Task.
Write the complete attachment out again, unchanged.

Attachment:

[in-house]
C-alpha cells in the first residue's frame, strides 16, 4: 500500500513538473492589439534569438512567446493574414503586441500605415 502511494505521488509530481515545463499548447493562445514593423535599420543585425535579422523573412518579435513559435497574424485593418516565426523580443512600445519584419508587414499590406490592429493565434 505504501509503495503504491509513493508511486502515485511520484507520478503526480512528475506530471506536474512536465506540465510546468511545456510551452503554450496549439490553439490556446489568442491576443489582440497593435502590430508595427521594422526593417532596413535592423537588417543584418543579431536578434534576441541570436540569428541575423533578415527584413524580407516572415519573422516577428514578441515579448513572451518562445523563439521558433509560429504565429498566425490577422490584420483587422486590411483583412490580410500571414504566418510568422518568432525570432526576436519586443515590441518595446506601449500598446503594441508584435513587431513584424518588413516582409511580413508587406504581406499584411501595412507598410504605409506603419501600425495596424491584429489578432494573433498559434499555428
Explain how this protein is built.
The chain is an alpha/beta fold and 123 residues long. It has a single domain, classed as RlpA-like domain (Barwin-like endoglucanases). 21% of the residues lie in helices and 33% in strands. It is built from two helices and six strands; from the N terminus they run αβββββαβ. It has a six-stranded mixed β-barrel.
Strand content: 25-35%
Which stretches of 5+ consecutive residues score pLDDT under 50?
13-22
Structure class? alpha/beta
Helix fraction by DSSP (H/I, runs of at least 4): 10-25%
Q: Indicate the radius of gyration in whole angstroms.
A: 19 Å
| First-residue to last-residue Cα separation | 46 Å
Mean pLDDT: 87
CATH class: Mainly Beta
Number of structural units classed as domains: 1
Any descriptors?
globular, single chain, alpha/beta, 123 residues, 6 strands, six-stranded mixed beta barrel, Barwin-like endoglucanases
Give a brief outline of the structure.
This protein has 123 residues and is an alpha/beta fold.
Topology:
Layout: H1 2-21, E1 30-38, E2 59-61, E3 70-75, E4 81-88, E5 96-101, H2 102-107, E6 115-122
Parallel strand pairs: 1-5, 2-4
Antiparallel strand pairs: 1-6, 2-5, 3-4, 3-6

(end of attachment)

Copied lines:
[in-house]
C-alpha cells in the first residue's frame, strides 16, 4: 500500500513538473492589439534569438512567446493574414503586441500605415 502511494505521488509530481515545463499548447493562445514593423535599420543585425535579422523573412518579435513559435497574424485593418516565426523580443512600445519584419508587414499590406490592429493565434 505504501509503495503504491509513493508511486502515485511520484507520478503526480512528475506530471506536474512536465506540465510546468511545456510551452503554450496549439490553439490556446489568442491576443489582440497593435502590430508595427521594422526593417532596413535592423537588417543584418543579431536578434534576441541570436540569428541575423533578415527584413524580407516572415519573422516577428514578441515579448513572451518562445523563439521558433509560429504565429498566425490577422490584420483587422486590411483583412490580410500571414504566418510568422518568432525570432526576436519586443515590441518595446506601449500598446503594441508584435513587431513584424518588413516582409511580413508587406504581406499584411501595412507598410504605409506603419501600425495596424491584429489578432494573433498559434499555428
Explain how this protein is built.
The chain is an alpha/beta fold and 123 residues long. It has a single domain, classed as RlpA-like domain (Barwin-like endoglucanases). 21% of the residues lie in helices and 33% in strands. It is built from two helices and six strands; from the N terminus they run αβββββαβ. It has a six-stranded mixed β-barrel.
Strand content: 25-35%
Which stretches of 5+ consecutive residues score pLDDT under 50?
13-22
Structure class? alpha/beta
Helix fraction by DSSP (H/I, runs of at least 4): 10-25%
Q: Indicate the radius of gyration in whole angstroms.
A: 19 Å
| First-residue to last-residue Cα separation | 46 Å
Mean pLDDT: 87
CATH class: Mainly Beta
Number of structural units classed as domains: 1
Any descriptors?
globular, single chain, alpha/beta, 123 residues, 6 strands, six-stranded mixed beta barrel, Barwin-like endoglucanases
Give a brief outline of the structure.
This protein has 123 residues and is an alpha/beta fold.
Topology:
Layout: H1 2-21, E1 30-38, E2 59-61, E3 70-75, E4 81-88, E5 96-101, H2 102-107, E6 115-122
Parallel strand pairs: 1-5, 2-4
Antiparallel strand pairs: 1-6, 2-5, 3-4, 3-6